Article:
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International Day of Reflection on the 1994 Genocide in Rwanda

7 April, 2021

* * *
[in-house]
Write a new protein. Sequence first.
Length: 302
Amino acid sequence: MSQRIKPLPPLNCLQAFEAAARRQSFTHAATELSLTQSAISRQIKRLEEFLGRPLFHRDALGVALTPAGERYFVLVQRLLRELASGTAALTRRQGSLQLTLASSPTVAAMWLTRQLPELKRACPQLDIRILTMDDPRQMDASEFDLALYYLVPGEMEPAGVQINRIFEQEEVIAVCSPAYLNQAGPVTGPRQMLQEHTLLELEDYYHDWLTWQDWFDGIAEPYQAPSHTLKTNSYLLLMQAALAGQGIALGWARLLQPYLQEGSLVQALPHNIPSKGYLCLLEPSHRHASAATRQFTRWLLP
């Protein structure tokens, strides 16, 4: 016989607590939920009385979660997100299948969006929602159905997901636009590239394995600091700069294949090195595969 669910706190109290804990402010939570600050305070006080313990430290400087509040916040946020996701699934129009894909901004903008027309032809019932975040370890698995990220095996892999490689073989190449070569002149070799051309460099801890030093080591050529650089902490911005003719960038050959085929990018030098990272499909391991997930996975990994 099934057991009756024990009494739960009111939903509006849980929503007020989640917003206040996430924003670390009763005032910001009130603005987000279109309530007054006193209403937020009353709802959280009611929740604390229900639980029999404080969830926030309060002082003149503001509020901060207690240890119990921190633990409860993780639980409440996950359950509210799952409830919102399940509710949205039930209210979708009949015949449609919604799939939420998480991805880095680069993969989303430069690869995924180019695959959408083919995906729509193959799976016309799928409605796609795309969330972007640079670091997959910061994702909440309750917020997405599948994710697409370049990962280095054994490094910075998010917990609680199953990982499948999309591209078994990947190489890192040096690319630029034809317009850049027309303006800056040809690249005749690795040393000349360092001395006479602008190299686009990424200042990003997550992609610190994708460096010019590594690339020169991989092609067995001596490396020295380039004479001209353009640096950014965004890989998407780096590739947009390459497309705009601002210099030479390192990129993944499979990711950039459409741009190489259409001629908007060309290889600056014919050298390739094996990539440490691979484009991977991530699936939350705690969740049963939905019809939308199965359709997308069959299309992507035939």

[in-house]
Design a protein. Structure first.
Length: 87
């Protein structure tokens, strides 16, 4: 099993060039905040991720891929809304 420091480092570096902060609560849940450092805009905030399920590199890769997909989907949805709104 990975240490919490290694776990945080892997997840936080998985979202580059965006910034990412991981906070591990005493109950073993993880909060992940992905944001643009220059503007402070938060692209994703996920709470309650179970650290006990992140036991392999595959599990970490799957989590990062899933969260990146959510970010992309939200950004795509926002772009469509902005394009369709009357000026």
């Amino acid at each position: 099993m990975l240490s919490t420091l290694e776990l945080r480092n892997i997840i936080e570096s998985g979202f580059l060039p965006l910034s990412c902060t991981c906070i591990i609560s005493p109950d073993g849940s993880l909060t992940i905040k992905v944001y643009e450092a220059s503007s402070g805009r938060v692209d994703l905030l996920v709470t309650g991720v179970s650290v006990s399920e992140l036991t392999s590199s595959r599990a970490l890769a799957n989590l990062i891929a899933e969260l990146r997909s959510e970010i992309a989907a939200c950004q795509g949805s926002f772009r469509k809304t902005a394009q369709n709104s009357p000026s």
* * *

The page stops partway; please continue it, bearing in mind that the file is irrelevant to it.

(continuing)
The Rwandan genocide against the Tutsi in Rwanda was over three months in 1994 during the Rwandan Civil War and resulted in 500,000 to 600,000 Tutsi deaths. Genocidal killings began the day after the assassination of President Juvénal Habyarimana with organised soldiers, police and militia executing key Tutsi and moderate Hutu military and political leaders. Notwithstanding the worldwide shock at the scale and brutality of the massacre, no country intervened to stop the killings. Most victims were killed in their villages or towns, many by neighbours and fellow villagers using machetes and rifles. An estimated 250,000 to 500,000 women were raped during the genocide. The effects of this genocide on Rwanda and on neighbouring countries have been profound and long lasting. Today, Rwanda has two public holidays to mourn the genocide, and genocide ideology and divisionism are criminal offences. Established in 2003, the International Day of Reflection on the 1994 Genocide in Rwanda marks the beginning of the genocide perpetrated by the Hutu extremist-led government.